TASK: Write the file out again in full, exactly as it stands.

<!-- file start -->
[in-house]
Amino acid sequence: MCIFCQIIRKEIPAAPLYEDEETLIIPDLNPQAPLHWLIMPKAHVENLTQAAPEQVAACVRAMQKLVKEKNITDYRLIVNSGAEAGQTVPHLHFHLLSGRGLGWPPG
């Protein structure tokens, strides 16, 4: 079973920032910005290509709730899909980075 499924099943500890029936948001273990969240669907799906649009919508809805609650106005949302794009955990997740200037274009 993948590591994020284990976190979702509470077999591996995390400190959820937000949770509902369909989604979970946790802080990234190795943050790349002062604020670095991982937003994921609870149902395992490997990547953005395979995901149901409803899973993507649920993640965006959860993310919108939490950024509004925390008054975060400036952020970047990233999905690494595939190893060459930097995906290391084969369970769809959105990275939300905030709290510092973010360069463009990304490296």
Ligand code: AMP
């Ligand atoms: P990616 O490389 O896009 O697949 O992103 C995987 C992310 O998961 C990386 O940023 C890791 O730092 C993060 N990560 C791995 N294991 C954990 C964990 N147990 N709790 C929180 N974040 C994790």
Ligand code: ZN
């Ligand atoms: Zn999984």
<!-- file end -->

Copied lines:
[in-house]
Amino acid sequence: MCIFCQIIRKEIPAAPLYEDEETLIIPDLNPQAPLHWLIMPKAHVENLTQAAPEQVAACVRAMQKLVKEKNITDYRLIVNSGAEAGQTVPHLHFHLLSGRGLGWPPG
């Protein structure tokens, strides 16, 4: 079973920032910005290509709730899909980075 499924099943500890029936948001273990969240669907799906649009919508809805609650106005949302794009955990997740200037274009 993948590591994020284990976190979702509470077999591996995390400190959820937000949770509902369909989604979970946790802080990234190795943050790349002062604020670095991982937003994921609870149902395992490997990547953005395979995901149901409803899973993507649920993640965006959860993310919108939490950024509004925390008054975060400036952020970047990233999905690494595939190893060459930097995906290391084969369970769809959105990275939300905030709290510092973010360069463009990304490296």
Ligand code: AMP
């Ligand atoms: P990616 O490389 O896009 O697949 O992103 C995987 C992310 O998961 C990386 O940023 C890791 O730092 C993060 N990560 C791995 N294991 C954990 C964990 N147990 N709790 C929180 N974040 C994790």
Ligand code: ZN
């Ligand atoms: Zn999984």